One of the most remarkable moments in baseball history didn’t happen in October, it wasn’t at Fenway Park or Yankee Stadium, it wasn’t a walk-off home run or a game saving catch. And while this is certainly not the first time this has been written about, it is so spectacular that, as a society, I don’t think we can ever write too much about the time Arizona Diamondbacks pitcher Randy Johnson exploded a bird with a seventh inning pitch in a Spring Training game. Before reading any further, watch it. Watch it now!
First, The Renaissance Fan staff does not endorse animal cruelty in any form, and it’s unfortunate that this bird lost its life. But it was clearly a freak accident. How do we know? Because Johnson was annoyed that the bird messed up his pitch:
“I didn’t think it was all that funny”, said Johnson after the game.
Here’s what makes this particularly amazing. There are 30 MLB teams, each with 5 starting pitchers and around a half dozen relievers that see regular work. That’s about 330 different guys that could be on the hill at any point in time during an MLB game (this number is likely even higher in Spring Training when this happened). A bird flying through just the right lane between the pitcher and the catcher to get hit by a pitch has to be considered a very random occurrence. So this could have happened to any one of these pitchers. But it didn’t happen to just any pitcher. It wasn’t a soft thrower like Jamie Moyer or Tim Wakefield. It happened to one of the hardest throwers in the history of the game! That type of “coincidence” might be one of the better pieces of evidence that there is a higher power at work in the universe. And on March 24, 2001 that higher power thought to themselves, “I wonder what that would look like!”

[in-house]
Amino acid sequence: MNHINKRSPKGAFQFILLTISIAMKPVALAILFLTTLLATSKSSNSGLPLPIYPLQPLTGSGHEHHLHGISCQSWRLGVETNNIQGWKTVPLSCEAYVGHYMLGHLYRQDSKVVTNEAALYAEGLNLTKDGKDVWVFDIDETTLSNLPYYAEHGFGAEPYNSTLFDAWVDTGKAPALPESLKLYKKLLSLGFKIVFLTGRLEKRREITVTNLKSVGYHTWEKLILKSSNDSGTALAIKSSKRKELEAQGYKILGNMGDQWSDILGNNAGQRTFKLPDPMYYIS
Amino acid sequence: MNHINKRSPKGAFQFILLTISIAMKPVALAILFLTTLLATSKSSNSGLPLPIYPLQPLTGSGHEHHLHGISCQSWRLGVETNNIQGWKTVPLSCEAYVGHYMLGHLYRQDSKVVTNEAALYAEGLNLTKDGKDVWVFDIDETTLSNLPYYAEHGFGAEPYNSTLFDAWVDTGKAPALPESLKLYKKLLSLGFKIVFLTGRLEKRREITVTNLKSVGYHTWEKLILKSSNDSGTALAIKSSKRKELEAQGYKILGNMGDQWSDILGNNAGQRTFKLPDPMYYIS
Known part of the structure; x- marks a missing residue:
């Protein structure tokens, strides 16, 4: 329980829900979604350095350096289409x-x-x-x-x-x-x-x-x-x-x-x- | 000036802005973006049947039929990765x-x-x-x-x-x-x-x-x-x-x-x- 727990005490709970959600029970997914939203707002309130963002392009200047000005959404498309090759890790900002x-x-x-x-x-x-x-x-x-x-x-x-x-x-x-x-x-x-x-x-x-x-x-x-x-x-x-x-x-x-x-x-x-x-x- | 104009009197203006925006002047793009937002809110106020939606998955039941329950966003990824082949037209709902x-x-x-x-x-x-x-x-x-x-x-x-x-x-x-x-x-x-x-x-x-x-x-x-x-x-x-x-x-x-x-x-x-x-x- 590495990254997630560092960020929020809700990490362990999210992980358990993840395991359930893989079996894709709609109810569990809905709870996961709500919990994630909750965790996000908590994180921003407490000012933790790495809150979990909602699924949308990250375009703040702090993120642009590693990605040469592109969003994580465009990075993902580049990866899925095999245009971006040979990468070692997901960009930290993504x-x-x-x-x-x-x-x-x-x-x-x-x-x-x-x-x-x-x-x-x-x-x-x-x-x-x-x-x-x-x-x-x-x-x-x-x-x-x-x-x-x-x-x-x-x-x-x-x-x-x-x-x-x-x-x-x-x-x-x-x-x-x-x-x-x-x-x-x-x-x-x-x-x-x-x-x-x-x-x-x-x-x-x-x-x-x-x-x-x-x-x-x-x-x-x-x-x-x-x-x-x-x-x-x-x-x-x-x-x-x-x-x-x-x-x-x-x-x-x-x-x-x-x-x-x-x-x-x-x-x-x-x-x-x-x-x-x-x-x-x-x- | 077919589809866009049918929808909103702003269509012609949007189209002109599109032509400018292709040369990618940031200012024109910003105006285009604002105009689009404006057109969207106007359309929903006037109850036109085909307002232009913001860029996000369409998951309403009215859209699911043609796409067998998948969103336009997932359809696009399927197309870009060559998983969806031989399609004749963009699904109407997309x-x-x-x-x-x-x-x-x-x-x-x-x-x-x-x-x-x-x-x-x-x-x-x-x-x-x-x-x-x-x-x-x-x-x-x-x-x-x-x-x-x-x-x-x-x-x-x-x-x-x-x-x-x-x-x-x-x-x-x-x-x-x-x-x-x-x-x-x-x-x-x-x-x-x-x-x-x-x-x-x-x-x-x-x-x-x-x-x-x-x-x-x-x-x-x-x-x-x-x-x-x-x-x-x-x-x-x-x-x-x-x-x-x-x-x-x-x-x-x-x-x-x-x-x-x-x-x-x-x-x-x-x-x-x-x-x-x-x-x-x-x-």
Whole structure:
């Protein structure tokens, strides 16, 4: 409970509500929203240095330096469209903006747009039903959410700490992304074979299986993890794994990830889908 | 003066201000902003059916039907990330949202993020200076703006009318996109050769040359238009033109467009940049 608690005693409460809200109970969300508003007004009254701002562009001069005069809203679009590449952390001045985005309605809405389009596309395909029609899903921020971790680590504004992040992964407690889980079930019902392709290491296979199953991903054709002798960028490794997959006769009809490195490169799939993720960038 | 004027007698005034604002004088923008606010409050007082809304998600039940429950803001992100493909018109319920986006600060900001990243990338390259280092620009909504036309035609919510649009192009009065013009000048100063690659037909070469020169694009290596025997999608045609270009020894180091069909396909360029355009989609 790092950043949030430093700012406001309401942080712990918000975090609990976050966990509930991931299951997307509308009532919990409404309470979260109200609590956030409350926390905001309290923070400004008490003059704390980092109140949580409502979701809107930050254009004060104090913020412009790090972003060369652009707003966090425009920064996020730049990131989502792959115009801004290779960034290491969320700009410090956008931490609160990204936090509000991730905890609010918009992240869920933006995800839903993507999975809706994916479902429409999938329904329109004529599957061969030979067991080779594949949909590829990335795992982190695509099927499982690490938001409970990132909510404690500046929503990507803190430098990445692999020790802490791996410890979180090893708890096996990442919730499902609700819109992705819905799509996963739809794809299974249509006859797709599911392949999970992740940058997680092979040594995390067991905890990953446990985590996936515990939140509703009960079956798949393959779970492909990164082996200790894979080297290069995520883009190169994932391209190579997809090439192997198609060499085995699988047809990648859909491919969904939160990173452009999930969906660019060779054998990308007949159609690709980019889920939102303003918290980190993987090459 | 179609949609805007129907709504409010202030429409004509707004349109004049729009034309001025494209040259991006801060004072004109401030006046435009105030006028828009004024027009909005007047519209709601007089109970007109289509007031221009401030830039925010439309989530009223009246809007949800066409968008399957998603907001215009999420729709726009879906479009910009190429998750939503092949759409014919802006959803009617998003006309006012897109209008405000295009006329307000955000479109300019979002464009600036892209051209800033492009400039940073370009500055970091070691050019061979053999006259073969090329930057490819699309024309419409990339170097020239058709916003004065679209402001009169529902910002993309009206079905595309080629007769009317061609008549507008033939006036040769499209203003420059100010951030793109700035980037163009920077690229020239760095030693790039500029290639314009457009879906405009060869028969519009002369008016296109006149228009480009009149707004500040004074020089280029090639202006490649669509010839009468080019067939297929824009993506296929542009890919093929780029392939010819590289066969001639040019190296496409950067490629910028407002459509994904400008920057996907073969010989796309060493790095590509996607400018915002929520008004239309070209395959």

There is also something to be said about the juxtaposition of the two creatures involved in this incident. First, you have the dove: an international symbol of peace and love, and a popular fixture at weddings, or in illusions:
And then you have the six-foot-ten Johnson. “The Big Unit”. A symbol of raw pitching dominance and a gloriously bad hairstyle that he clung to long after his peers ditched their mullets:
Hell, he’s still kind of rocking that look:
Good for you Randy.
It will be a long time before this incident is repeated. In fact, it will likely never happen again. So let’s celebrate the oddity of sport as a new baseball season is set to begin and conclude with the words of Rod Barajas, Johnson’s catcher that day:
“I’m sitting there waiting for it, and I’m expecting to catch the thing, and all you see is an explosion,” Barajas said. “It’s crazy. There’s still feathers down there.” (re-watch the clip above, Barajas’ reaction is priceless).